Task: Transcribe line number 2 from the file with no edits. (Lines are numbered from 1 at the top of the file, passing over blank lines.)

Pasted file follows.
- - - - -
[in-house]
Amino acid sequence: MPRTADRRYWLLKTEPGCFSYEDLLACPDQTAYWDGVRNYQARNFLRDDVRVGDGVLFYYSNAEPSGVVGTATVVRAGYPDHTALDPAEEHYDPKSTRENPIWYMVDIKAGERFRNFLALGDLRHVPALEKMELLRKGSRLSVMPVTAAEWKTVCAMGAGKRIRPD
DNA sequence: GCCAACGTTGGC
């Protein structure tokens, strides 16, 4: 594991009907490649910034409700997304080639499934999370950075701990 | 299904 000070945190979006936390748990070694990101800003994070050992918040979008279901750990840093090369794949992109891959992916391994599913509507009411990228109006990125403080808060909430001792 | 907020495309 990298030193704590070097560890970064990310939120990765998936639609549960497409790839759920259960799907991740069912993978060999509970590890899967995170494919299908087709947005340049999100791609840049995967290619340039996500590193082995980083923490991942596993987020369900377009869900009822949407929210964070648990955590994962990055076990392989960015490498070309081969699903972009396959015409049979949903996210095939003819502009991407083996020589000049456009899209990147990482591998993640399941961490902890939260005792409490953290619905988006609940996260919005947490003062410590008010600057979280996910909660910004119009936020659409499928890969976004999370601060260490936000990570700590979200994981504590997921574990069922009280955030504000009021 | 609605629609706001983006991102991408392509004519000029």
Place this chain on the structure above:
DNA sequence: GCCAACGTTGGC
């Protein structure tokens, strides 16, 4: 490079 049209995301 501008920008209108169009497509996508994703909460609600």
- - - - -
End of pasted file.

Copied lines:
Amino acid sequence: MPRTADRRYWLLKTEPGCFSYEDLLACPDQTAYWDGVRNYQARNFLRDDVRVGDGVLFYYSNAEPSGVVGTATVVRAGYPDHTALDPAEEHYDPKSTRENPIWYMVDIKAGERFRNFLALGDLRHVPALEKMELLRKGSRLSVMPVTAAEWKTVCAMGAGKRIRPD